Technos' Double Dragon became a household name and River City Ransom gained rave reviews from all and sundry, but people often forget that the company also released Renegade on the NES, forming what many fans deem to be a classic trilogy of 8-bit fighting games. Sadly, Renegade is easily the worst of this trio. Although it shares many traits with its stable mate fighters, the control is sloppy, the action repetitive and the graphics disappointing.
But let’s try and focus on the positive before we ponder the negative. In terms of control Renegade was undeniably ahead of its time; it featured a ‘dash’ move (activated by pressing a direction twice) which would be incorporated into many other scrolling fighters. It also showcased the directional attack system that would crop up in other Technos titles. When facing right, your character punches right with B and kicks behind him with A. These controls are reversed when facing left. This system allows you to cope with assailants from both sides, which is handy as attackers in this game often swamp you. As was the case in Double Dragon, pressing both buttons together performs a flying kick. It’s also possible to throw enemies and stomp them when they’re prone on the ground, but sadly the controls make this slightly less easy than it might sound.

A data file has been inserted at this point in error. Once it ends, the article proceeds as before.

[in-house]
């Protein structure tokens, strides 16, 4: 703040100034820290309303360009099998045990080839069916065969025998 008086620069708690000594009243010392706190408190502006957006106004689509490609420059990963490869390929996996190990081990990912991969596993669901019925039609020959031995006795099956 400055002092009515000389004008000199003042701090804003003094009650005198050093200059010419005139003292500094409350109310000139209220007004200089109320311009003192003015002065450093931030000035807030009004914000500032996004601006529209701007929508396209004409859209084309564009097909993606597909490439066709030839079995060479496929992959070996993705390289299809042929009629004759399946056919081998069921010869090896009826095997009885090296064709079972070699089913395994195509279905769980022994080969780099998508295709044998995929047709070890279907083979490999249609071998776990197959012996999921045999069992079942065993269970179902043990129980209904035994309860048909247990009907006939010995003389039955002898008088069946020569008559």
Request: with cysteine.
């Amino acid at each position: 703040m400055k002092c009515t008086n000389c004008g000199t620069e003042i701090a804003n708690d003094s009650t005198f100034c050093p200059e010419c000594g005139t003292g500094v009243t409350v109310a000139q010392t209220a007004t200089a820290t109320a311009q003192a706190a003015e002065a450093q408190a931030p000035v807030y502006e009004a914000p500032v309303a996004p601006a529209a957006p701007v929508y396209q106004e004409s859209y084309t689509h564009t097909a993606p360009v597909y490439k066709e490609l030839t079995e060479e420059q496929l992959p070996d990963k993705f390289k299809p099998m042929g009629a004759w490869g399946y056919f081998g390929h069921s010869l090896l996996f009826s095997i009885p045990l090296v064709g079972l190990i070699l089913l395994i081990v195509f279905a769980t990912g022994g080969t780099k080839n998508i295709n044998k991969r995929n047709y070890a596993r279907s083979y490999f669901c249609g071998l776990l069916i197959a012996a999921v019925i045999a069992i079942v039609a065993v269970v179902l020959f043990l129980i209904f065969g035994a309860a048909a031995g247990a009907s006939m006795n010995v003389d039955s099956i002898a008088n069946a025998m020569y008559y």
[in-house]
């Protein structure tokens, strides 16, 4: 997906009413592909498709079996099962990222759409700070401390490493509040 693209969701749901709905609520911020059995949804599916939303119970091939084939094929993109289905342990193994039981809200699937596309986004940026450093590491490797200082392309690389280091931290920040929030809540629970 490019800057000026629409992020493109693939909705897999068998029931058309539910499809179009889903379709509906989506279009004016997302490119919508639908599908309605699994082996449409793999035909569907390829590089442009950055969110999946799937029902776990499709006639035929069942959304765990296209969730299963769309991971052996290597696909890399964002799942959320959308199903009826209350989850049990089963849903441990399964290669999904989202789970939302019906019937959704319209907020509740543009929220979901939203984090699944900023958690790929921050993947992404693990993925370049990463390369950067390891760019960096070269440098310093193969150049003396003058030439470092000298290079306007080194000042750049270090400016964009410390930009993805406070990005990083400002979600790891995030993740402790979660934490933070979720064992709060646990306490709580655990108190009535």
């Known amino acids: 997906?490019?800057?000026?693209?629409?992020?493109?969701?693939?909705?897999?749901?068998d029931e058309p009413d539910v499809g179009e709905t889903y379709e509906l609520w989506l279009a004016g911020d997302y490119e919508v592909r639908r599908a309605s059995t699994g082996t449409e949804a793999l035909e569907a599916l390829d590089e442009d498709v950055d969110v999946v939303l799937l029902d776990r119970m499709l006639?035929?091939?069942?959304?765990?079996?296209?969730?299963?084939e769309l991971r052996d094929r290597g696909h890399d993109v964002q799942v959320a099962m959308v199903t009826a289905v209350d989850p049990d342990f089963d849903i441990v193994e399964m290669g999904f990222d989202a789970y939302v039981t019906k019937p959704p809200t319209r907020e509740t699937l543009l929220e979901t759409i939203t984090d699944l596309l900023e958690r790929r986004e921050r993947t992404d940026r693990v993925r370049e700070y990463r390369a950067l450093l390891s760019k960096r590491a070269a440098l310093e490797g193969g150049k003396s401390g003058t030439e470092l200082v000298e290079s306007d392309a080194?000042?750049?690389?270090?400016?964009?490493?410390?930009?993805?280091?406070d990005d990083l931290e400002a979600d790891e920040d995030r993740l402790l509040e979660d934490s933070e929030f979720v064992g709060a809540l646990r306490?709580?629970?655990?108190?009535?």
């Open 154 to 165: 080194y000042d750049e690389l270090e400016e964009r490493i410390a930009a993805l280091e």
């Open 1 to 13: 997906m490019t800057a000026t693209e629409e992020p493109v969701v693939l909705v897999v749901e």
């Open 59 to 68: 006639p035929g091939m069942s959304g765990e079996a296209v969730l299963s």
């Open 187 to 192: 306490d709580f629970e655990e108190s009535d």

Compared to the silky smooth control of Streets of Rage 2 or Final Fight, Renegade feels like a relic from the past. Just stringing together a meaningful combination of punches is an effort in itself and the limited nature of your attacks results in the game becoming mind-numbingly dull in a short space of time. Although we’ve already made the mistake of comparing it to other side-scrolling games, there isn’t actually a great deal of scrolling going on – you’re confined to a room and progress is made by defeating enemies and then walking through doors into other equally populated areas. This gets old quickly and Renegade lacks the inventive locations of both Double Dragon and River City Ransom. The fact that all your foes look identical doesn’t help matters, either.
The final nail in the coffin is the lack of a simultaneous two-player option, which might have rendered the game a little more entertaining. Double Dragon is also guilty of this, but that game is a lot more fun and easy to control; so it’s a little more forgiveable. Unless you happen to be a massive fan of this game then we really can’t see any reason why you would want to download it when River City Ransom is available, as well as the other excellent brawlers that are on the Virtual Console.